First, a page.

Work in Progress: A Little Big History of Big History

Friday 04 November 2022

Nick Nielsen
9 min readNov 14, 2022

Today I am headed back to Edinburgh to attend the inaugural Forming and Exploring Habitable Worlds conference, which will run the entire week of November 07 to 11. I think I have significantly improved the presentation I gave last August in St. Andrews, and I am seeing more ways to elaborate and extend the material. Some of my discussions of my presentation after its first delivery, made in previous newsletters, have found their way into the revision, as have issues raised in the Q&A that followed my St. Andrews presentation, which was called “Toward Universal Biology: An Observational Scientific Research Program in Origins of Life,” and which is now in its revised version called “Constraining Exobiology: An Observational Scientific Research Program in Origins and Development of Life.”

There is more than a tangential connection of this material with my 2019 presentation in Milan, “Peer Complexity during the Stelliferous Era,” and my first NoRCEL presentation, delivered online in 2021, “How many branches on the tree of life?” The observational research program that I am presenting now would not only be a way to constrain astrobiological conceptions, but also any forms of peer emergent complexity that may be found in the universe. The building blocks for life may also be the building blocks for things that are not life, but which are as complex as life, or nearly so. I assume that these unknown forms of peer complexity would be as interesting to study as extraterrestrial life, and thus should be deemed to be of scientific value.

Moreover, while the chemical composition of various planetary systems in the universe may vary considerably, giving a different spin to the chemical building blocks of consequent forms of emergent complexity, as far as we know that aren’t any other building blocks in the universe for other forms of complexity that might be as complex, and as interesting as life. That may sound a bit confusing, and I need to improve my formulation of that idea.

A lot of the attempted conceptual clarification of other possibilities for interesting things to find in the universe turns on assumptions like finding superintelligent machines instead of finding other living beings, but, as we understand the universe, superintelligent machines would only come into being if built by other living beings, so this is a future projection of the possibilities of human development, but not really an alternative form of emergent complexity as I understand it. Similar attempts to think outside the box that our geocentricism and anthropocentrism has placed our minds within are similarly limited and lacking in radically re-thinking the role of complexity in the universe.

While I have been presenting these ideas in an astrobiological context, they are as much ideas of big history, which has a close affinity to astrobiology, when viewed from a particular perspective. I have often thought about the peculiar situation of astrobiology in the sciences, as it seems to be a subdiscipline of biology, and this implies that it is a specialization, but there is another sense in which astrobiology is more comprehensive than biology simpliciter, and what we today call biology may someday be understood to be terrestrial biology, and a subdiscipline that falls under astrobiology. Is there any other instance of a subdiscipline that has the potential to grow until it subsumes the discipline under which it was introduced?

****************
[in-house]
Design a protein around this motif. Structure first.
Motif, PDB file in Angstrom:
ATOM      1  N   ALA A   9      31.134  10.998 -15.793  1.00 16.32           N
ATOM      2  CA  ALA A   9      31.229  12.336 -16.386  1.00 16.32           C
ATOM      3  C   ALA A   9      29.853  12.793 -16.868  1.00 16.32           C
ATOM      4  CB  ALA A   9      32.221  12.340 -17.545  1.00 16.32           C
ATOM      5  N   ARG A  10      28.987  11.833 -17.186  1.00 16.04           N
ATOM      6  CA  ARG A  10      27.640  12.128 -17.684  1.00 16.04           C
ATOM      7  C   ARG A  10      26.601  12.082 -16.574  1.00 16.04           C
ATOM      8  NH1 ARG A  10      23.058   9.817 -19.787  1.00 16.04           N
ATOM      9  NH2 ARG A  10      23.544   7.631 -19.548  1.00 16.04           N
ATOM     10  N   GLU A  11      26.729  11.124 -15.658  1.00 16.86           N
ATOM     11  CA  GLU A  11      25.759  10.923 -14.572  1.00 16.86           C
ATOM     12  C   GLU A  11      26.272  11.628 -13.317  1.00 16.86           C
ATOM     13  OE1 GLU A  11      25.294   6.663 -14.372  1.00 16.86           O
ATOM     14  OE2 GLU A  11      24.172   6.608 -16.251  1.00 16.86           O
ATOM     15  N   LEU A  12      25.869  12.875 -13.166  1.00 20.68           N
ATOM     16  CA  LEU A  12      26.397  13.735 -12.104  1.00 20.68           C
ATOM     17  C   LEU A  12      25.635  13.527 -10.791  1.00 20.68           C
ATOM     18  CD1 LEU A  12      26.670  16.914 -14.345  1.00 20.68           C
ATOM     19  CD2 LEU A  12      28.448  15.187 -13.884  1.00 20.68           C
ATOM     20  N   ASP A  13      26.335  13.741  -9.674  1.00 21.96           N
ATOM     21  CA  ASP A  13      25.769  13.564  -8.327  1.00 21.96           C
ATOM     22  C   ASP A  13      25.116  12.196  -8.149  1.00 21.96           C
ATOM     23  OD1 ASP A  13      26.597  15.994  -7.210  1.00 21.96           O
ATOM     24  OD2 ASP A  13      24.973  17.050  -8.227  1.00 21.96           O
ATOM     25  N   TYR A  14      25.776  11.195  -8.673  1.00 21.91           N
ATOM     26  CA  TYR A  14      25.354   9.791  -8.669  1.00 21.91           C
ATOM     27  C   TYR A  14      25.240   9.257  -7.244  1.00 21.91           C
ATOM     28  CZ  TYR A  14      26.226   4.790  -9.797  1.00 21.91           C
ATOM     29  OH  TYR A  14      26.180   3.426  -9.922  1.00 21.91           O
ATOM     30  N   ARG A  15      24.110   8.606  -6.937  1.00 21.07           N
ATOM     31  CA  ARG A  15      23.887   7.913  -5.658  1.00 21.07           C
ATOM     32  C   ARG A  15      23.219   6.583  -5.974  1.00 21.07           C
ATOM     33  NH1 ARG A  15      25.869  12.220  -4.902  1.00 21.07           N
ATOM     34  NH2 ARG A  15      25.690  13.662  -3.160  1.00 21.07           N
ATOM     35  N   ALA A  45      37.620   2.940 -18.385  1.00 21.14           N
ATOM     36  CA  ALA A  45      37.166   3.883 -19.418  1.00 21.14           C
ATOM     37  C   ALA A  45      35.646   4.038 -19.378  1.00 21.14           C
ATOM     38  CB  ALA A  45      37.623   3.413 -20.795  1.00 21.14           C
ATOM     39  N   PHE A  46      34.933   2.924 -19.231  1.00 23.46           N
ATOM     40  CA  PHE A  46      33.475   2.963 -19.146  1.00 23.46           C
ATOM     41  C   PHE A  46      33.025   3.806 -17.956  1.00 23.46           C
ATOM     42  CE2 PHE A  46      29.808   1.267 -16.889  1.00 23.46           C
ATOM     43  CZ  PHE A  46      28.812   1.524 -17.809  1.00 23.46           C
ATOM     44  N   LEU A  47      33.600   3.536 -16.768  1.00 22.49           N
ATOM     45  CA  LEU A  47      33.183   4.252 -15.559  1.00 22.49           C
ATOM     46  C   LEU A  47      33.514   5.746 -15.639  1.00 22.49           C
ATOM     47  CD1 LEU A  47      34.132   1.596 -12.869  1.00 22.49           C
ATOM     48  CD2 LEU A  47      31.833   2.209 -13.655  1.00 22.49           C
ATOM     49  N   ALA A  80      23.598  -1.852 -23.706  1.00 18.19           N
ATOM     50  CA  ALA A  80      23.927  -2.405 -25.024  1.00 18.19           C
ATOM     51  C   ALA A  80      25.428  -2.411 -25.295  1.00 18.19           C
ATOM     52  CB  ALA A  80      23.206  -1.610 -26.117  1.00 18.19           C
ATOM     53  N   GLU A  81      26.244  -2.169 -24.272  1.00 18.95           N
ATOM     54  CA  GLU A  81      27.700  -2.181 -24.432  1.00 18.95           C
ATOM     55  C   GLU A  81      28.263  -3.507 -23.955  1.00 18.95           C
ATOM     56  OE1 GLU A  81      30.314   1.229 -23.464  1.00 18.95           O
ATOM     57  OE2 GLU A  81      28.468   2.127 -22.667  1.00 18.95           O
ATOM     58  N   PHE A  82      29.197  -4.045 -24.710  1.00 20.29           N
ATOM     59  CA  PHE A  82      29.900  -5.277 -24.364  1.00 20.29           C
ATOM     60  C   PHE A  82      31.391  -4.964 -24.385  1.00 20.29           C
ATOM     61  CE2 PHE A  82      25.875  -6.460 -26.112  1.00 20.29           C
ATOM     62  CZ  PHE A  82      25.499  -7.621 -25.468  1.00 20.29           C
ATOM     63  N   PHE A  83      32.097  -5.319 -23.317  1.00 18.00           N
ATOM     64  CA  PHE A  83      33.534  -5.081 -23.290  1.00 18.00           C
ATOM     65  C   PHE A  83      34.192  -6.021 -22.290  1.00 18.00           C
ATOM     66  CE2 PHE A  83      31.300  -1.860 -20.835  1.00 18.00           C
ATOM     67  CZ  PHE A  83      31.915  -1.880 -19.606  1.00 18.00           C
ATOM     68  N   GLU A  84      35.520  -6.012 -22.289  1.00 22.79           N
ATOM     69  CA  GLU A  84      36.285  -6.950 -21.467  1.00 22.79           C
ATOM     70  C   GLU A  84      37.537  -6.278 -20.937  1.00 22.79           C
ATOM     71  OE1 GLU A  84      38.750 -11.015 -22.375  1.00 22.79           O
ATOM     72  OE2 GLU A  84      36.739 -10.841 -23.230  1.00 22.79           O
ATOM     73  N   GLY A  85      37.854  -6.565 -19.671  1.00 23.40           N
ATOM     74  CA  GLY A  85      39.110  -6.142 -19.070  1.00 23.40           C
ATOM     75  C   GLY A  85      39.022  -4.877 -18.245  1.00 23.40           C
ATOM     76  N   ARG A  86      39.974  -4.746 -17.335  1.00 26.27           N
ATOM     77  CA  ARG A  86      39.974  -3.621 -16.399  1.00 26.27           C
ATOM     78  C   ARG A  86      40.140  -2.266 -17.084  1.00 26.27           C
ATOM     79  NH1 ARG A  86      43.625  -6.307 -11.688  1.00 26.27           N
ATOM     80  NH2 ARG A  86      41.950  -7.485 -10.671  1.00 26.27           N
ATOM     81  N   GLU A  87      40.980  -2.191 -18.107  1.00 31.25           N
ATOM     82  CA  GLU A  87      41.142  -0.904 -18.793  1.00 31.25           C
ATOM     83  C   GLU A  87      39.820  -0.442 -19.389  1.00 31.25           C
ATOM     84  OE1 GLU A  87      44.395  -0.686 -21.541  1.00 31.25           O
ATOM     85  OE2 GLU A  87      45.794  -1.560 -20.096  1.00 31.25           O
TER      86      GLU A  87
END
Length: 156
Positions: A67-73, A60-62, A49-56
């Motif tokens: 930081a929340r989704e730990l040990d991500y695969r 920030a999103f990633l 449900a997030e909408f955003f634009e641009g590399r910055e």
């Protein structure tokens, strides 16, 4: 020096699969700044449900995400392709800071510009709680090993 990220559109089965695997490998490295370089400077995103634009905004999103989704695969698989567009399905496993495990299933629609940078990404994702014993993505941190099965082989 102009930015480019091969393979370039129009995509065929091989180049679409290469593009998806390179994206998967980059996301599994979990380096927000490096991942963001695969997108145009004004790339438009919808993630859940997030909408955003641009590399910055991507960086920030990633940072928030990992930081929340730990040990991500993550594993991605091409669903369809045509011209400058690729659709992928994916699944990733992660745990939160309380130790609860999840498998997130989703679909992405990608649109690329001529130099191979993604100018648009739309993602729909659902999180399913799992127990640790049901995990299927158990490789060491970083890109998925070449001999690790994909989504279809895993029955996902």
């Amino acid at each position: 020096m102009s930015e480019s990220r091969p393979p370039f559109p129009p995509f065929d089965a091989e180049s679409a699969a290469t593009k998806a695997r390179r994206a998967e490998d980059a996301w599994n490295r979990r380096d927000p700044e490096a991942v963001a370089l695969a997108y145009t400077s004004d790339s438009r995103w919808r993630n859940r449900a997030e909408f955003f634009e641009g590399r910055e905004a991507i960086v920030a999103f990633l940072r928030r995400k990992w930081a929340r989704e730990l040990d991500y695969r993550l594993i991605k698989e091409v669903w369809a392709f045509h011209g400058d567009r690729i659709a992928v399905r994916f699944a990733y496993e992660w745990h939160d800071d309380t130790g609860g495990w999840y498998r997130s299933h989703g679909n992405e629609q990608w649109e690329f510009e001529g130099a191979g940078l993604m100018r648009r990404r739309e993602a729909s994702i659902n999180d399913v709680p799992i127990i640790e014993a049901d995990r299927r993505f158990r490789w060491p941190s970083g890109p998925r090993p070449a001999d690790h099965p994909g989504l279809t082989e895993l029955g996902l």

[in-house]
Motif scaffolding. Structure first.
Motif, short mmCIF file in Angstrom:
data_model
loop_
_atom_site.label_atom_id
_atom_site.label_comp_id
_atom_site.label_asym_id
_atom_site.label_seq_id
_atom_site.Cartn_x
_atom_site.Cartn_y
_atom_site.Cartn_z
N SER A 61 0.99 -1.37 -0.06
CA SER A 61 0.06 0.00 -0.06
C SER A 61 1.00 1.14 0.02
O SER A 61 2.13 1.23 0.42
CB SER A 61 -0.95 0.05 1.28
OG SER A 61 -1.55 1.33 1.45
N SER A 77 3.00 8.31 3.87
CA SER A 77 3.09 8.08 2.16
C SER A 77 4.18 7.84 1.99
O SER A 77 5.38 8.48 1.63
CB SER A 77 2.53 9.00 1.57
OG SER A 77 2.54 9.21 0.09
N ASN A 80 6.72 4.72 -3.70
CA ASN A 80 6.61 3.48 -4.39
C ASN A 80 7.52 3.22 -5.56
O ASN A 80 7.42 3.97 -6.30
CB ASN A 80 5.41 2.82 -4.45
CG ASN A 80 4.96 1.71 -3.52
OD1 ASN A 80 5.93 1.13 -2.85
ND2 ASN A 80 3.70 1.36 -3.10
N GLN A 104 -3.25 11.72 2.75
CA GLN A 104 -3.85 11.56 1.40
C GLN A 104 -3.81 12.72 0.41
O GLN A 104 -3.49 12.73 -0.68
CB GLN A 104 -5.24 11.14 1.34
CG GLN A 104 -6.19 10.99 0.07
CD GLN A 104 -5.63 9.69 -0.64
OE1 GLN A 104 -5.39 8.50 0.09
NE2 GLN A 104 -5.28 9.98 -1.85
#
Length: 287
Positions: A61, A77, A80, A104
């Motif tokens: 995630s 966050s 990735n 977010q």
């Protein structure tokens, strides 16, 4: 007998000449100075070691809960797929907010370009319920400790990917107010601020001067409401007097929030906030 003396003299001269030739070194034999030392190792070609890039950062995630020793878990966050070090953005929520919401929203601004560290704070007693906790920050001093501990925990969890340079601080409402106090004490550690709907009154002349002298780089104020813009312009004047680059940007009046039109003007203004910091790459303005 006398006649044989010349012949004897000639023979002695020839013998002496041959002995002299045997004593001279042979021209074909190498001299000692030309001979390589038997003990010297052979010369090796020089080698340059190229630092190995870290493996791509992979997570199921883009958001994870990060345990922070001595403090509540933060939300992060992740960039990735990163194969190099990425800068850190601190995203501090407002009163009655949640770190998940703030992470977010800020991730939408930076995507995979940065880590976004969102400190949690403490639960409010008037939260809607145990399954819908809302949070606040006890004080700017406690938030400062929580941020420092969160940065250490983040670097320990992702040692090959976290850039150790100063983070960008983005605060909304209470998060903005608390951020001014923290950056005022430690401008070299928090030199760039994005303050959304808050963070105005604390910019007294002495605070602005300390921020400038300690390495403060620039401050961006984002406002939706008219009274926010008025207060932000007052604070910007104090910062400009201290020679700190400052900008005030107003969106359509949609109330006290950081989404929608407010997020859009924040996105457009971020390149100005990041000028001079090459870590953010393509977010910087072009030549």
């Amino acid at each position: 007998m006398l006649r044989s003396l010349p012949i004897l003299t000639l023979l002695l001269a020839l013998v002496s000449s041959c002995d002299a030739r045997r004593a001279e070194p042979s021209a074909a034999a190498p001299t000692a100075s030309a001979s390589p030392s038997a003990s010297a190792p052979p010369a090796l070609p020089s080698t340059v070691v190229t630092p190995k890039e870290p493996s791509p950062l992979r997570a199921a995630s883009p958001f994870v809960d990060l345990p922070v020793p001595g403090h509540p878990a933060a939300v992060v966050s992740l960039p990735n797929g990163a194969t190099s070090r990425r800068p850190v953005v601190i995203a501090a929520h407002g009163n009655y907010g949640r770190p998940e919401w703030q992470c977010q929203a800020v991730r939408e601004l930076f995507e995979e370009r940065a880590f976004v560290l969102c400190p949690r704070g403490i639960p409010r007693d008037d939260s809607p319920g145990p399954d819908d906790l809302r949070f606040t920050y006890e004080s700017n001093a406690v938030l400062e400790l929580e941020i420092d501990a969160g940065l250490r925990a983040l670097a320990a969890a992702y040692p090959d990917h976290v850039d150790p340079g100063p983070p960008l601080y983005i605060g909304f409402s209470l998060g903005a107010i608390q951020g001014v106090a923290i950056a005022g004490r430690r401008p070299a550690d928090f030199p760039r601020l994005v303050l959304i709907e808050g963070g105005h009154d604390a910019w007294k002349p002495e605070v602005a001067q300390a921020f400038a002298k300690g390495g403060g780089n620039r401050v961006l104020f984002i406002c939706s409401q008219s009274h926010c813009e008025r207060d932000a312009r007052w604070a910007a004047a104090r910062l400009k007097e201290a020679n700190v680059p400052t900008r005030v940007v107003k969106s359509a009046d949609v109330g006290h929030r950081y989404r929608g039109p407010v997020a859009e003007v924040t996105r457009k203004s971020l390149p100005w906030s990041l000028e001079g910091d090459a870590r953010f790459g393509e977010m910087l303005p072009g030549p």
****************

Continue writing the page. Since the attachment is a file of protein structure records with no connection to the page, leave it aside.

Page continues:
All of the sciences are potentially in this position in comparison to their cosmological extrapolations, thus astrogeology and geology, astrobotany and botany, astrosociology and sociology, and so on. With astrobiology, this development has been realized sooner and more fully than in these other disciplines, but all the other scientific disciplines may someday be subordinated to their cosmological extrapolations. Astrobiology, being among the first of the sciences to begin converging on a cosmological extrapolation of a science originating within the parameters of our geocentric and antrhopocentric paradigm, may, due to its first-mover advantage, simply continue expanding until it becomes the master narrative of science, subsuming all of special sciences under it.

This came up recently as I was corresponding with David LePoire of the IBHA (he edits the IBHA newsletter, and I sent him a new Frontiers column for the next iteration of the newsletter) and we discussed tying big history to astrobiology. I suggested that the most generous construal of astrobiology will eventually expand to engulf some of the big history talking points, but whether big history will survive this transition is not clear. I like to point out that the Drake equation was big history before its time (I guess we could also call the Drake equation astrobiology before its time), with the terms of the equation corresponding roughly to David Christian’s periodization thresholds.